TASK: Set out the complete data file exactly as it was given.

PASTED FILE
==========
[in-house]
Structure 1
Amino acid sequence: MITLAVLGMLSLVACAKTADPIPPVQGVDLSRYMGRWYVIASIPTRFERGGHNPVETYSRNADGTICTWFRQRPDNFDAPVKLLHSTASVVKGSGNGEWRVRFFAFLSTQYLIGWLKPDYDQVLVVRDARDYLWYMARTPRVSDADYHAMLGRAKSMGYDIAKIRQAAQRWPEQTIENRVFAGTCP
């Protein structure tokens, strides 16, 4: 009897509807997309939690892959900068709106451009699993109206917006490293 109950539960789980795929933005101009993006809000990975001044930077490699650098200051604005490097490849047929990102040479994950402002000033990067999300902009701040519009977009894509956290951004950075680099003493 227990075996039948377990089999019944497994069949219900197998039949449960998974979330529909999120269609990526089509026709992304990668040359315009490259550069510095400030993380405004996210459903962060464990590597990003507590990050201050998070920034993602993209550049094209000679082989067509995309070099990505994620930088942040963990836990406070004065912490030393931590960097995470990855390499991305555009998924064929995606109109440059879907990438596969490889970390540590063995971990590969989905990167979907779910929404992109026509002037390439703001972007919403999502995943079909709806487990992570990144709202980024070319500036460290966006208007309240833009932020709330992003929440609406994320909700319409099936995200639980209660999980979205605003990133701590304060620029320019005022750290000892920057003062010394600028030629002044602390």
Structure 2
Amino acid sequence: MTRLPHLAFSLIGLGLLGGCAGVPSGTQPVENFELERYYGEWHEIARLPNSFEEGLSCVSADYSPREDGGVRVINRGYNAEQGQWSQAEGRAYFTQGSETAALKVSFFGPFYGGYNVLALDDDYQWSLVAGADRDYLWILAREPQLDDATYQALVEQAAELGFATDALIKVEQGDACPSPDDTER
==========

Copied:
[in-house]
Structure 1
Amino acid sequence: MITLAVLGMLSLVACAKTADPIPPVQGVDLSRYMGRWYVIASIPTRFERGGHNPVETYSRNADGTICTWFRQRPDNFDAPVKLLHSTASVVKGSGNGEWRVRFFAFLSTQYLIGWLKPDYDQVLVVRDARDYLWYMARTPRVSDADYHAMLGRAKSMGYDIAKIRQAAQRWPEQTIENRVFAGTCP
């Protein structure tokens, strides 16, 4: 009897509807997309939690892959900068709106451009699993109206917006490293 109950539960789980795929933005101009993006809000990975001044930077490699650098200051604005490097490849047929990102040479994950402002000033990067999300902009701040519009977009894509956290951004950075680099003493 227990075996039948377990089999019944497994069949219900197998039949449960998974979330529909999120269609990526089509026709992304990668040359315009490259550069510095400030993380405004996210459903962060464990590597990003507590990050201050998070920034993602993209550049094209000679082989067509995309070099990505994620930088942040963990836990406070004065912490030393931590960097995470990855390499991305555009998924064929995606109109440059879907990438596969490889970390540590063995971990590969989905990167979907779910929404992109026509002037390439703001972007919403999502995943079909709806487990992570990144709202980024070319500036460290966006208007309240833009932020709330992003929440609406994320909700319409099936995200639980209660999980979205605003990133701590304060620029320019005022750290000892920057003062010394600028030629002044602390």
Structure 2
Amino acid sequence: MTRLPHLAFSLIGLGLLGGCAGVPSGTQPVENFELERYYGEWHEIARLPNSFEEGLSCVSADYSPREDGGVRVINRGYNAEQGQWSQAEGRAYFTQGSETAALKVSFFGPFYGGYNVLALDDDYQWSLVAGADRDYLWILAREPQLDDATYQALVEQAAELGFATDALIKVEQGDACPSPDDTER